By Sr Bernadette Mary Reis, fsp
Three weeks after Myanmar’s army effectively ended Myanmar’s ten-year-old fledgling democracy, protesters again gathered on Wednesday in Yangon. It is the 19th day people have gathered since the first large protest on 6 February.
Myanmar’s Bishops voiced their concern on Sunday, one day after a 16-year-old boy was killed in Mandalay, the second largest city in Myanmar. “The heart-rending scenes of youth dying in the streets wound the conscience of a nation… The sadness of parents burying their children has to stop. Mothers’ tears are never a blessing to any nation”. Healing can begin, they stressed, “with the release of detained leaders”.
The citizens of Myanmar are accompanied by women religious “fighting and protesting to end military dictatorship, to get justice and peace”. One of these Sisters, a Sister of St Joseph of the Apparition, who wishes to remain anonymous, shared her experience with Vatican News.
“On the first day of February, after our morning prayers, we came to know the sad news that our leaders were arrested. Some of us cried and we all were saddened. As soon as we finished our breakfast we start making adoration till midnight by turns.”
As the days unfolded, the Sisters began to understand their mission differently, but always in the paradigm of their charism.
“Our Congregation's charism is ‘Love’. Our mission is to show Love in different works of charity. Our Constitutions says ‘...fighting in the spirit of the Gospel against destitution and every kind of injustice...’ ”.
At first the sisters began to provide “snacks, coffee, juice” to the people who were taking to the streets. She confesses they were having a hard time finding the financial resources to continue providing this service. “Some donors began to offer us some help when they saw on Facebook what we were doing”, Sister says. “Even our smile is great support for the protesters”.
The Sisters have also taken part in two demonstrations in Yangon, standing and walking side-by-side their fellow citizens. “We surely understand that without demonstrating, the military dictatorship will never end. That is why we support the protesters as much as we can”.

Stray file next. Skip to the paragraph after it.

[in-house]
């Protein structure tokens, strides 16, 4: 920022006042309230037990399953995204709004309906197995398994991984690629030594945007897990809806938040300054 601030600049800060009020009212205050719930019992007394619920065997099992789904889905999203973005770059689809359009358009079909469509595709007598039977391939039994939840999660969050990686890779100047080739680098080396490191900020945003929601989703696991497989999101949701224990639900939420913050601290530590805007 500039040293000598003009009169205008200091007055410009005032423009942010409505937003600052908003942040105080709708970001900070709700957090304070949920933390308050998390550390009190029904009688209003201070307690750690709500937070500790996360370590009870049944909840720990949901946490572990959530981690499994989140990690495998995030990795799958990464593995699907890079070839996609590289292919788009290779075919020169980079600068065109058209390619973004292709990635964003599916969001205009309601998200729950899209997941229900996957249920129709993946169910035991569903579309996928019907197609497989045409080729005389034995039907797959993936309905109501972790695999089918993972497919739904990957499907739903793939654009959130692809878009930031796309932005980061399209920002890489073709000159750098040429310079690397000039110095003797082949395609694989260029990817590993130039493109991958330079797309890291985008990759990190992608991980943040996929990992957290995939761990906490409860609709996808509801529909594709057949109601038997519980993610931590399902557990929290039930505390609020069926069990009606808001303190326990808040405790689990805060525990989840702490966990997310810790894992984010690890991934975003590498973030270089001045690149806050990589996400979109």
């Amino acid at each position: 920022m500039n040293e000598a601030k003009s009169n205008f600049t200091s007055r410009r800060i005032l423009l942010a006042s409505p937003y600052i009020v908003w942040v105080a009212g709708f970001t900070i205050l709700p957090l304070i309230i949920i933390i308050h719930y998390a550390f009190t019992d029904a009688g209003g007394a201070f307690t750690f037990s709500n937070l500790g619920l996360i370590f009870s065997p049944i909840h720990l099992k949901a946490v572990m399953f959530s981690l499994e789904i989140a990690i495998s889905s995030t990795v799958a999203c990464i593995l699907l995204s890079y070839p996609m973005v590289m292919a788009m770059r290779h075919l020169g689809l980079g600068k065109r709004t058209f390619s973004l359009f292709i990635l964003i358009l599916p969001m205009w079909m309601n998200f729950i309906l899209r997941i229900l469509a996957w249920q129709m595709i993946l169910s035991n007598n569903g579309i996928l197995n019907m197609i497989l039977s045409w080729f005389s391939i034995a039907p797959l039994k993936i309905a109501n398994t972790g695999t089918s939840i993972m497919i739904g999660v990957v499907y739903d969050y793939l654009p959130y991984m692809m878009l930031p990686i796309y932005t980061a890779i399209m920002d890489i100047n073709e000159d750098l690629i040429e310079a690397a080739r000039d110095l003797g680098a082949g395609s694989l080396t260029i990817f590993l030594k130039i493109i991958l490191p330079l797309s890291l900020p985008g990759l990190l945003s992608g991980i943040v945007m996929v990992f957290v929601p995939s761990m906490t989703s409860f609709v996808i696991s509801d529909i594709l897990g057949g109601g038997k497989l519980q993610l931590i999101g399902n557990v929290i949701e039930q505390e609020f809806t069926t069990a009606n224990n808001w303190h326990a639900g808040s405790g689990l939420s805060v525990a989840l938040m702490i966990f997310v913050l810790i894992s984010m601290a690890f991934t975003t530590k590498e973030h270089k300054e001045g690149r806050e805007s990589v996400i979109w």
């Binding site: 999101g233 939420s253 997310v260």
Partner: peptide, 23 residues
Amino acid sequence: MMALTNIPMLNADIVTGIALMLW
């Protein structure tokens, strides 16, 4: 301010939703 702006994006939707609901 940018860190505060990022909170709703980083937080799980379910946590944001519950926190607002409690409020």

Sister describes the mood in the country in terms both positive and negative.
She writes that a positive aspect is that even though Generation Z had never directly experienced the military dictatorship, they are now coming to realize “they are the leaders now in this revolution. They are full of zeal and creative”, Sister writes. She tells us that the young people “are exhausted” but they will not stop until “the military give up their power, because Myanmar's military power has been destroying our country for more than 60 years already”. However, Sister emphasizes, they are committed to the Civil Disobedience Movement (CDM).
Writing about the negative aspect, Sister says, “We are scared, worried, insecure and sometimes hopeless. During the night we are scared because the police and soldiers attack the activists, protest leaders, CDM officers and influencers during the night. More than 20,000 prisoners were released and the army paid them and ask them to set fires in the quarters. People from the quarters choose night watch among them to catch different kinds of night time terrorists”.
The sisters are determined to continue offering support to the cause, even though there may be unforeseen consequences. “During the day there are police everywhere. Although they are not causing us any harm, we are watched and we are alert during the night. No supporter or activist is safe in this time. They catch and arrest people at night everywhere in the country”.
All photos, courtesy of the Sisters of St Joseph of the Apparition Facebook page. Used with permission.